When last we reported on Volkswagen’s first electric vehicle the ID3 hatchback, the German company was experiencing major software glitches threatening its release this summer. Well, there’s good news! The bug-plagued ID3 will still go on sale anyway this summer. Whatever software problems it has will be fixed at an undetermined time in the future once the engineers discover how to fix it. We’re up for that! Actually, we’re not. Nor should anyone else. How can VW offer up a compromised product with the promise it will fix it “when we figure it out?”
There’s more to VW’s software problems than just software fixes
In many respects, VW’s future is riding on the ID3, but there’s more. There will be heavy fines levied to manufacturers unable to meet tough new emissions standards. Not having the ID3 to offset other products could cost VW hundreds of millions of dollars. VW has to get the zero-emissions EV3 out the door, compromised or not. What a way to sell cars!
“Our target is to deliver the 30,000 ID3 first-edition pre-booked models to all customers,” said a VW brand spokesman to Automotive News Europe. “Vehicles built will be equipped with whatever version of the software suite is current at the corresponding time of their production and prior to their delivery to customers in summer will receive the latest version. Subsequent to the market launch the digital functions will then continue to be updated in regular increments in the following months,” VW said.
We will make it and you’ll like it until we can fix the problems
In plain English, that means “you’ll get the ID3 with buggy software as best as we can make it and you’ll like it that way until we can fix the problems.” VW is hell-bent on producing 300,000 a year of these EVs by next year at the latest. It has already started production at the Zwickau, Germany, plant where the ID3 is made after a shutdown for the coronavirus.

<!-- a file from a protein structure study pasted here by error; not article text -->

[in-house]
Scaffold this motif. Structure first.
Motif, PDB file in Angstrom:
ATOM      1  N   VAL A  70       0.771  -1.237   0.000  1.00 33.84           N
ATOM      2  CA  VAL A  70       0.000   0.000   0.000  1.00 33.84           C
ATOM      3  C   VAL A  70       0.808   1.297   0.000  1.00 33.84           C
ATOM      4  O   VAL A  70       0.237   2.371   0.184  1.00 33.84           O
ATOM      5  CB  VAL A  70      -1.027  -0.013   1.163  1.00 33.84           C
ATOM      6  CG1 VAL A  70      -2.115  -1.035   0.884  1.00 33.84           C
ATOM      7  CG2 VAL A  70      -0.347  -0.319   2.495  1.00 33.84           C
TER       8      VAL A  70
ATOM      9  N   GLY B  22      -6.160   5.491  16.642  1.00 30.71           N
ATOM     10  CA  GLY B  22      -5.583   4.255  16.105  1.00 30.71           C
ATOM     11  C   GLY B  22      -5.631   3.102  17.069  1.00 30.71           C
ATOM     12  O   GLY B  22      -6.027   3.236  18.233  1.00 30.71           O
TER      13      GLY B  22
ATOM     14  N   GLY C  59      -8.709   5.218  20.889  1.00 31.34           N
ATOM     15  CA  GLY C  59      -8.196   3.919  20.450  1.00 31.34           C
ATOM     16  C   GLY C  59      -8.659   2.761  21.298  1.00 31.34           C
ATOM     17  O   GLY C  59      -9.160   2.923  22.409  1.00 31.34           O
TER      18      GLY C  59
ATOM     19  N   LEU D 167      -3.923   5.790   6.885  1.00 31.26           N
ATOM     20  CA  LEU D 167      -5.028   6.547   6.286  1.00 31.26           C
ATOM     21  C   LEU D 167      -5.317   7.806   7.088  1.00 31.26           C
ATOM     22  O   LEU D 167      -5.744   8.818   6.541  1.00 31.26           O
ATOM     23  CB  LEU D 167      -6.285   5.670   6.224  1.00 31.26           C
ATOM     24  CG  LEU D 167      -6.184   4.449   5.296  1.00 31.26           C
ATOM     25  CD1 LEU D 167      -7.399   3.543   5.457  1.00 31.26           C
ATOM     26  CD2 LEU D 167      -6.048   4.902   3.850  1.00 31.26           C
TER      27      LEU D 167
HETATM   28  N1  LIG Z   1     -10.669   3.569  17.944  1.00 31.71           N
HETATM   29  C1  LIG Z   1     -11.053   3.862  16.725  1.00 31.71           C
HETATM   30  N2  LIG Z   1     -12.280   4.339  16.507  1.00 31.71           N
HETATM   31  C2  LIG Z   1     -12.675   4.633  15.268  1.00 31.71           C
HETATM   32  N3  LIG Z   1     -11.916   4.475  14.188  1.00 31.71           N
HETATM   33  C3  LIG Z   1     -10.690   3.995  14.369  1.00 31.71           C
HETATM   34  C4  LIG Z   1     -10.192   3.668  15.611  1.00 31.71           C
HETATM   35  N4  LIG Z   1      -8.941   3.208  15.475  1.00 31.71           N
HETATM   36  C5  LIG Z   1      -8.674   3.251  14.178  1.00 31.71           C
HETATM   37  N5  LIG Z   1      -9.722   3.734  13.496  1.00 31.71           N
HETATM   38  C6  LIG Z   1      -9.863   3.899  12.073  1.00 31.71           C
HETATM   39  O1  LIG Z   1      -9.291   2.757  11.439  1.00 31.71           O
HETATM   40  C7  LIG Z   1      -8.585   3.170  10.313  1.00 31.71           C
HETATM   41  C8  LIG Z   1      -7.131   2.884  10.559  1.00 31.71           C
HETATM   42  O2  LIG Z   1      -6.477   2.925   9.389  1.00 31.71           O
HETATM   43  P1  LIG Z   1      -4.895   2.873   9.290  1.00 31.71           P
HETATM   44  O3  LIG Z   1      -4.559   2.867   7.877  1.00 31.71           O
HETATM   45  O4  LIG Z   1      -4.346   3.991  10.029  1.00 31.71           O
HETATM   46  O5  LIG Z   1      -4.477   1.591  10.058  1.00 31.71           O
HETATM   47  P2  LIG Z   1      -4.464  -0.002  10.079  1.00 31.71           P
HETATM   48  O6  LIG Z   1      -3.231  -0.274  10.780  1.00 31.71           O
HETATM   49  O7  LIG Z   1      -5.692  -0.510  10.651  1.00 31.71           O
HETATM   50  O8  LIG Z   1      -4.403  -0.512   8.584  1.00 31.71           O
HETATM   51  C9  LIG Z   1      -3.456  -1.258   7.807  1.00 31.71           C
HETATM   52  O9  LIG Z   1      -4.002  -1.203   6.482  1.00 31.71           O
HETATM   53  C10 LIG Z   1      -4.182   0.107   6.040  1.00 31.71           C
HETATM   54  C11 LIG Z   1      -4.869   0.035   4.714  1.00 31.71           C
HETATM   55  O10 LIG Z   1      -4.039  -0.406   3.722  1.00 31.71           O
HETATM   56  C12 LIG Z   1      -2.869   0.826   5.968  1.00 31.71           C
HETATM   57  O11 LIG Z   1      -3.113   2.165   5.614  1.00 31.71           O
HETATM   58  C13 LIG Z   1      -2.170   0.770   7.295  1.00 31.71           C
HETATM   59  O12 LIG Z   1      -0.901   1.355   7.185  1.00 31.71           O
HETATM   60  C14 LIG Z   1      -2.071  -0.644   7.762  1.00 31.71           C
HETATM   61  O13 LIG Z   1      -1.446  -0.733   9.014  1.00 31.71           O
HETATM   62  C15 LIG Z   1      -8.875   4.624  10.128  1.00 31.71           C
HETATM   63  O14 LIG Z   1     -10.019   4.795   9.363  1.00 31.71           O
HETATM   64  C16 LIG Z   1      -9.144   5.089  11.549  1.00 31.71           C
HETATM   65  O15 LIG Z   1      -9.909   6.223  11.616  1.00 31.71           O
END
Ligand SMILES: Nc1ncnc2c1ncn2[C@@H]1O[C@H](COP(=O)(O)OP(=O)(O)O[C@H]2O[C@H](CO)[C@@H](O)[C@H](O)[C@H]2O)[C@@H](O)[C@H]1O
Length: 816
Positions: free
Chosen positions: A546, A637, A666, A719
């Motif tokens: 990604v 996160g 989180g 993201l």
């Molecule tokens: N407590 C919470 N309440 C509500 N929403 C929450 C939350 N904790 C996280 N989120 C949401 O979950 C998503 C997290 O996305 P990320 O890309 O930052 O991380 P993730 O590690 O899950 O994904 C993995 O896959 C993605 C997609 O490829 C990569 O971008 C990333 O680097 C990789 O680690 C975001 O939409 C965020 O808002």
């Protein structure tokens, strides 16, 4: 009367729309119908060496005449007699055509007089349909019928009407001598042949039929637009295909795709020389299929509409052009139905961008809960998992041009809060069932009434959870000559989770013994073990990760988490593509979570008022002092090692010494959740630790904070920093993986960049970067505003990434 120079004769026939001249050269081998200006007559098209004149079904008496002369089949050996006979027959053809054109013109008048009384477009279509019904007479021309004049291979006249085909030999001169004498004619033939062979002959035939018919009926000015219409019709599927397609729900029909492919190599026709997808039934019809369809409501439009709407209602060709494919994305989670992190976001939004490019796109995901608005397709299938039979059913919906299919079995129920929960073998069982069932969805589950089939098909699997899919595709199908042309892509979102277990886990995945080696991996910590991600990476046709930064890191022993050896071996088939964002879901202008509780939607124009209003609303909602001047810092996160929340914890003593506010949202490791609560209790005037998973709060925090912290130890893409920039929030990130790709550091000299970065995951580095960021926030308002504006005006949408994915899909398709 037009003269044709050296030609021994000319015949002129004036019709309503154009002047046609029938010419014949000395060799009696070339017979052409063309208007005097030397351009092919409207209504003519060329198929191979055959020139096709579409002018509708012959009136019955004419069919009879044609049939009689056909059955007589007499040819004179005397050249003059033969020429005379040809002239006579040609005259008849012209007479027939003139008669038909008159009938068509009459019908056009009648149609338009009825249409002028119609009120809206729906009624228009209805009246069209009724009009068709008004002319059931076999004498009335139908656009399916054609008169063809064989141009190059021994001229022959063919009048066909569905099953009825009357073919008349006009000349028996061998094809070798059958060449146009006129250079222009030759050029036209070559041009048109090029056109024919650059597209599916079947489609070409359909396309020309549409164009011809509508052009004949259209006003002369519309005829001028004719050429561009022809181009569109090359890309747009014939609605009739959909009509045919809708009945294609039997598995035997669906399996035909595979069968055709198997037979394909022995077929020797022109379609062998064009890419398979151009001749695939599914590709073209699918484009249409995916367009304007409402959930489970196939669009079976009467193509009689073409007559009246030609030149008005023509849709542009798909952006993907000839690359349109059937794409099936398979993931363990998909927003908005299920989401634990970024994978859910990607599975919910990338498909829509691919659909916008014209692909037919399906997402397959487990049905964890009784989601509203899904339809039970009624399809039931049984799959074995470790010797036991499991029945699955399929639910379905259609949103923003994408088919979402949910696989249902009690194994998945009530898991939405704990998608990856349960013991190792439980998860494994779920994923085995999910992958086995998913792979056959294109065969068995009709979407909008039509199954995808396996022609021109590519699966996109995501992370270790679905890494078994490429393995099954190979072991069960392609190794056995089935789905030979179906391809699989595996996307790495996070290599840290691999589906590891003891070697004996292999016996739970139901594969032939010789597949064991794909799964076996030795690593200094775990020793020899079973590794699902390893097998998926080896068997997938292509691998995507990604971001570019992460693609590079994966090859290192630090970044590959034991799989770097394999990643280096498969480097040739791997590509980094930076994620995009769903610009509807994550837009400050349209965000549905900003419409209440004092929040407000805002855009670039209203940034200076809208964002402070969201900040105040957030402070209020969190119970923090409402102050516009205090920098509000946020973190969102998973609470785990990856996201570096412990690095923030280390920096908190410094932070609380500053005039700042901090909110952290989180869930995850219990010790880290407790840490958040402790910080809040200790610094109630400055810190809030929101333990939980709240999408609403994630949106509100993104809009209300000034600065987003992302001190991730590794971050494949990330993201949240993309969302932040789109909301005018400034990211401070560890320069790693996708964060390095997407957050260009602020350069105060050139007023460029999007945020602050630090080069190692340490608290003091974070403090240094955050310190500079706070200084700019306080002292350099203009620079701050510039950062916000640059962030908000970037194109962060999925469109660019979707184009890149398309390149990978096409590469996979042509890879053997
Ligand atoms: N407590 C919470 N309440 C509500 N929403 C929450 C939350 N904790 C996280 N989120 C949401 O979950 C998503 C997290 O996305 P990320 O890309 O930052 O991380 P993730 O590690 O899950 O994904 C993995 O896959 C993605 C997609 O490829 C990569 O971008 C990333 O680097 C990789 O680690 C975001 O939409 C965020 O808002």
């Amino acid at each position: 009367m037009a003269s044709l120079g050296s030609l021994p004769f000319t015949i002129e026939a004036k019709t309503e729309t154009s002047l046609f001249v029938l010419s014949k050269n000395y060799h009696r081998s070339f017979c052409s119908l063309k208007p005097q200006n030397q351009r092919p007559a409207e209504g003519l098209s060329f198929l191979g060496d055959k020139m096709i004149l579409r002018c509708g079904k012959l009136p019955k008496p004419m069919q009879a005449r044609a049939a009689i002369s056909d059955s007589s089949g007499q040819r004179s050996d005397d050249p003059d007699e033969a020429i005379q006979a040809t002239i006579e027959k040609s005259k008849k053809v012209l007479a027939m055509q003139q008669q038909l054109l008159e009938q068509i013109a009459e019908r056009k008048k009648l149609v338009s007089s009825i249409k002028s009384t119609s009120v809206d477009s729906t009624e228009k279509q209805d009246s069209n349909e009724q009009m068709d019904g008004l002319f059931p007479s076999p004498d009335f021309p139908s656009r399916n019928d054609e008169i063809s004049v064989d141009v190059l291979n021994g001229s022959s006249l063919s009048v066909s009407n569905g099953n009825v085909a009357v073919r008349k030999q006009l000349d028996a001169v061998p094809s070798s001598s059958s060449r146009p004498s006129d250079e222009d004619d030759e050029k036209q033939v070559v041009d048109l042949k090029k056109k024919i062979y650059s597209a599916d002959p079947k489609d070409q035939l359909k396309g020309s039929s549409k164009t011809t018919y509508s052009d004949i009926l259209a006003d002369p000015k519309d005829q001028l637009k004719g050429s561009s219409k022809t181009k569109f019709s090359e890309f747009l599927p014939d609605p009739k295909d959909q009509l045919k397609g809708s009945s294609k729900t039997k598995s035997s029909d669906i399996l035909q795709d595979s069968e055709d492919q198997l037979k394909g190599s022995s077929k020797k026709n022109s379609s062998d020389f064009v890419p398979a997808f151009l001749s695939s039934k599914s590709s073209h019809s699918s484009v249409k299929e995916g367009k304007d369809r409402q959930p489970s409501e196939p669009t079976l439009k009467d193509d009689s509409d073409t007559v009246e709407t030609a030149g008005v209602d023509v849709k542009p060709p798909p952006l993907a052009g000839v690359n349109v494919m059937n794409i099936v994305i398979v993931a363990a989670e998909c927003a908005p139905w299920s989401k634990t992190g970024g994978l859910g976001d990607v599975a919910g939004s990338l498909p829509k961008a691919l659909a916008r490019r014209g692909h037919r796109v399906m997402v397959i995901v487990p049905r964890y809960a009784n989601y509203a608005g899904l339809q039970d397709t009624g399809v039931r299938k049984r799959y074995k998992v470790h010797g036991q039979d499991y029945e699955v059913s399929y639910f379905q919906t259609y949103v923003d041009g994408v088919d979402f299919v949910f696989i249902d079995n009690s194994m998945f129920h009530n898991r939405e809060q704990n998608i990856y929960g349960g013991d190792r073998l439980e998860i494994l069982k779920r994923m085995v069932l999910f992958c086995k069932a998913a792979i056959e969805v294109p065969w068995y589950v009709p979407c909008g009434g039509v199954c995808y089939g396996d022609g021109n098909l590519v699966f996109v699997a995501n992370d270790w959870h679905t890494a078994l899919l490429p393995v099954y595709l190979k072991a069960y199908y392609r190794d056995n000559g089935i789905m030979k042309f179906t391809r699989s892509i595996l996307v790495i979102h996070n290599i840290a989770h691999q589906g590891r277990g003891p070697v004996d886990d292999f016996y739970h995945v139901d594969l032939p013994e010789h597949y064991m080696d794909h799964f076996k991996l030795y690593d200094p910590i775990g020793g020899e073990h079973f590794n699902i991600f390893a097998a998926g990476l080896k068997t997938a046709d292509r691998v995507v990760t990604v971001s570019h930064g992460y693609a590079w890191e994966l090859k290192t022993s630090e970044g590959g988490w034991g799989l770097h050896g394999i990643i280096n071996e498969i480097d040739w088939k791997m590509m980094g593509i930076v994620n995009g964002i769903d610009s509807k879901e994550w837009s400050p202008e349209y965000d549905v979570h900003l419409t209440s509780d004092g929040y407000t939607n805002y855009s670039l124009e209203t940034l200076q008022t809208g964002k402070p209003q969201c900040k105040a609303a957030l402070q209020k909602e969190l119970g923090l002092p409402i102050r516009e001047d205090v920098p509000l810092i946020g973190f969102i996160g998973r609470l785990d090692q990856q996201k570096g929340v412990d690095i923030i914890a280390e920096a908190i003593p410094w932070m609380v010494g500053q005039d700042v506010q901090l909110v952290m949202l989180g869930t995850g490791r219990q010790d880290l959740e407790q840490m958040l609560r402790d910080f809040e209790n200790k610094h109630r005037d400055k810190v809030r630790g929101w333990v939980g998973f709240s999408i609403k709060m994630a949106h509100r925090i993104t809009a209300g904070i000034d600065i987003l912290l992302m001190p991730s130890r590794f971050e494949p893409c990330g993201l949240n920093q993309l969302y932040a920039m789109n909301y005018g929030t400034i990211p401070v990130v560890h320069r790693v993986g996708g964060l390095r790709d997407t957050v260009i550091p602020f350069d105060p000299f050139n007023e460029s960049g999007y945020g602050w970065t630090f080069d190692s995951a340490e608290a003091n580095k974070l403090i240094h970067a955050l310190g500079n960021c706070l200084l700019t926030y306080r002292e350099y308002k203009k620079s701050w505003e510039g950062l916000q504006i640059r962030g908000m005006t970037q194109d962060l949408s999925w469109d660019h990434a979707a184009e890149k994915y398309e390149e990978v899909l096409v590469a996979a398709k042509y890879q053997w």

So here’s a question about this whole buggy caper, “What if the fixes for the ID3 software are never found?” VW has been cagy about exactly what software problems it is having but we know from a report in February they are major and widespread.
In February the problems were “massive” and by March they were “dire.”
In February we reported that the issues VW technicians were having were described as “massive.” This stopped production to find a fix before any more were produced. Exactly a month later we reported hearing that the problems were “dire” according to the German media. Is “dire” worse than “massive?” In other words, after a month of trying were the software problems improved at all or did they get worse?
So now we’re a month later from that last report we did and there is still no word if anything has improved. Instead, VW is saying it will just crank out ID3 hatchbacks in whatever state it may be in. Would you call this desperate, arrogant, or reckless?
We’ll keep you up to date on this weird way of selling cars
Of course, as this story continues to develop we’ll follow along to see what the next big move by the brainiacs at VW will be. We can’t imagine what it will be because we never expected it would make the move to just sell a hatchback with buggy software. But, here we are.